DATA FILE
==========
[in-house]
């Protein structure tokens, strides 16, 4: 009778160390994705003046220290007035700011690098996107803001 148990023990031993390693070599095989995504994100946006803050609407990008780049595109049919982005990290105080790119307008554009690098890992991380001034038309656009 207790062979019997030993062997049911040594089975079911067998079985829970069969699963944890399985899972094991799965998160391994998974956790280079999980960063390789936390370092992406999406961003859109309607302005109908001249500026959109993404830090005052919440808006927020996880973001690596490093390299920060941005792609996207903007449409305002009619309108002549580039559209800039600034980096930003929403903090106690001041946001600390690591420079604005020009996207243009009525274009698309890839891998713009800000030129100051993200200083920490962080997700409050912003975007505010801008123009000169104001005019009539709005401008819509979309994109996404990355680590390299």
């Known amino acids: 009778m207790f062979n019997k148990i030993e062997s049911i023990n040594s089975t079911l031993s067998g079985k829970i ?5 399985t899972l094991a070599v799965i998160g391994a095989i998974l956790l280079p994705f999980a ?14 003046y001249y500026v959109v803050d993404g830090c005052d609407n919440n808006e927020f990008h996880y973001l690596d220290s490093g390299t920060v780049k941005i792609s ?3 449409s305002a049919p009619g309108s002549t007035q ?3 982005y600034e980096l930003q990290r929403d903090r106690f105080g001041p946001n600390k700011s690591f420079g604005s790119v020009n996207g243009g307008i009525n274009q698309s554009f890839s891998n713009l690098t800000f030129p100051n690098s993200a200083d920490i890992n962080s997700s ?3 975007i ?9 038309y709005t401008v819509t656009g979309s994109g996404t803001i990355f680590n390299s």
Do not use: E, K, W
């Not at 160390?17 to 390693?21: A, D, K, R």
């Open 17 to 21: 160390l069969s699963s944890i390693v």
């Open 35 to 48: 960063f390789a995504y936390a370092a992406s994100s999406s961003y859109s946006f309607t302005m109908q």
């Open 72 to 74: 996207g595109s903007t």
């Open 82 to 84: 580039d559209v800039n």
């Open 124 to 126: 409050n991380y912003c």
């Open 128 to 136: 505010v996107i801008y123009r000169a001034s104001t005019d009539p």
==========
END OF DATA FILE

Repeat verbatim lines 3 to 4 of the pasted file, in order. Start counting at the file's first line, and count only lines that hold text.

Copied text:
């Known amino acids: 009778m207790f062979n019997k148990i030993e062997s049911i023990n040594s089975t079911l031993s067998g079985k829970i ?5 399985t899972l094991a070599v799965i998160g391994a095989i998974l956790l280079p994705f999980a ?14 003046y001249y500026v959109v803050d993404g830090c005052d609407n919440n808006e927020f990008h996880y973001l690596d220290s490093g390299t920060v780049k941005i792609s ?3 449409s305002a049919p009619g309108s002549t007035q ?3 982005y600034e980096l930003q990290r929403d903090r106690f105080g001041p946001n600390k700011s690591f420079g604005s790119v020009n996207g243009g307008i009525n274009q698309s554009f890839s891998n713009l690098t800000f030129p100051n690098s993200a200083d920490i890992n962080s997700s ?3 975007i ?9 038309y709005t401008v819509t656009g979309s994109g996404t803001i990355f680590n390299s």
Do not use: E, K, W